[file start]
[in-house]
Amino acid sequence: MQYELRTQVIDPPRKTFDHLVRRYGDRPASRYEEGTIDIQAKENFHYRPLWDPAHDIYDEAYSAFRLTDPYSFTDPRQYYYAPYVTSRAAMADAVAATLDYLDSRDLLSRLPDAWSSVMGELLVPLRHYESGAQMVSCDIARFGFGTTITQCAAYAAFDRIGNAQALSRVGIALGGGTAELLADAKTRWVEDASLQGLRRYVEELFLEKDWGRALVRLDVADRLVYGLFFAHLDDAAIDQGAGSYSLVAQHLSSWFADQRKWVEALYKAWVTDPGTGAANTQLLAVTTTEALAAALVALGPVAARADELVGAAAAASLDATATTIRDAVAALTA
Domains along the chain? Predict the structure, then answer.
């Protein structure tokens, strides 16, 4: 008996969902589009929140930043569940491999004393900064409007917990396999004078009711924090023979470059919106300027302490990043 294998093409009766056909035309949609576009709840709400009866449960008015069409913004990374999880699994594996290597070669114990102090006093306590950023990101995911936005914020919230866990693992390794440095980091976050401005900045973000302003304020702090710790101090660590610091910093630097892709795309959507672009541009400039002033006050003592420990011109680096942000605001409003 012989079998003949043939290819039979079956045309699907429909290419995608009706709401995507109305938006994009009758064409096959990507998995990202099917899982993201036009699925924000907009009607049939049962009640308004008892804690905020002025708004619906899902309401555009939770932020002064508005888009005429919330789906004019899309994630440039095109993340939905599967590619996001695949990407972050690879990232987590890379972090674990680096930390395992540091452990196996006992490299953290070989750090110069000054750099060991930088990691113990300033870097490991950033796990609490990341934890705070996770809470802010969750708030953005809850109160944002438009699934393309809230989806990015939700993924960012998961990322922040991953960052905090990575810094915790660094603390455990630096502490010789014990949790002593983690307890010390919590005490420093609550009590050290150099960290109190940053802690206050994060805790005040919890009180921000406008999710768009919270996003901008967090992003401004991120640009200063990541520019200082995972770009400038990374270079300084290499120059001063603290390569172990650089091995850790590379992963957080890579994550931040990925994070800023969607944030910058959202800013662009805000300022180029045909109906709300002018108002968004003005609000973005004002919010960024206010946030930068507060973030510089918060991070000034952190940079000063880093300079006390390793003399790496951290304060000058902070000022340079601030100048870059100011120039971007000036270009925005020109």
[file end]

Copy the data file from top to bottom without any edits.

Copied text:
[in-house]
Amino acid sequence: MQYELRTQVIDPPRKTFDHLVRRYGDRPASRYEEGTIDIQAKENFHYRPLWDPAHDIYDEAYSAFRLTDPYSFTDPRQYYYAPYVTSRAAMADAVAATLDYLDSRDLLSRLPDAWSSVMGELLVPLRHYESGAQMVSCDIARFGFGTTITQCAAYAAFDRIGNAQALSRVGIALGGGTAELLADAKTRWVEDASLQGLRRYVEELFLEKDWGRALVRLDVADRLVYGLFFAHLDDAAIDQGAGSYSLVAQHLSSWFADQRKWVEALYKAWVTDPGTGAANTQLLAVTTTEALAAALVALGPVAARADELVGAAAAASLDATATTIRDAVAALTA
Domains along the chain? Predict the structure, then answer.
């Protein structure tokens, strides 16, 4: 008996969902589009929140930043569940491999004393900064409007917990396999004078009711924090023979470059919106300027302490990043 294998093409009766056909035309949609576009709840709400009866449960008015069409913004990374999880699994594996290597070669114990102090006093306590950023990101995911936005914020919230866990693992390794440095980091976050401005900045973000302003304020702090710790101090660590610091910093630097892709795309959507672009541009400039002033006050003592420990011109680096942000605001409003 012989079998003949043939290819039979079956045309699907429909290419995608009706709401995507109305938006994009009758064409096959990507998995990202099917899982993201036009699925924000907009009607049939049962009640308004008892804690905020002025708004619906899902309401555009939770932020002064508005888009005429919330789906004019899309994630440039095109993340939905599967590619996001695949990407972050690879990232987590890379972090674990680096930390395992540091452990196996006992490299953290070989750090110069000054750099060991930088990691113990300033870097490991950033796990609490990341934890705070996770809470802010969750708030953005809850109160944002438009699934393309809230989806990015939700993924960012998961990322922040991953960052905090990575810094915790660094603390455990630096502490010789014990949790002593983690307890010390919590005490420093609550009590050290150099960290109190940053802690206050994060805790005040919890009180921000406008999710768009919270996003901008967090992003401004991120640009200063990541520019200082995972770009400038990374270079300084290499120059001063603290390569172990650089091995850790590379992963957080890579994550931040990925994070800023969607944030910058959202800013662009805000300022180029045909109906709300002018108002968004003005609000973005004002919010960024206010946030930068507060973030510089918060991070000034952190940079000063880093300079006390390793003399790496951290304060000058902070000022340079601030100048870059100011120039971007000036270009925005020109």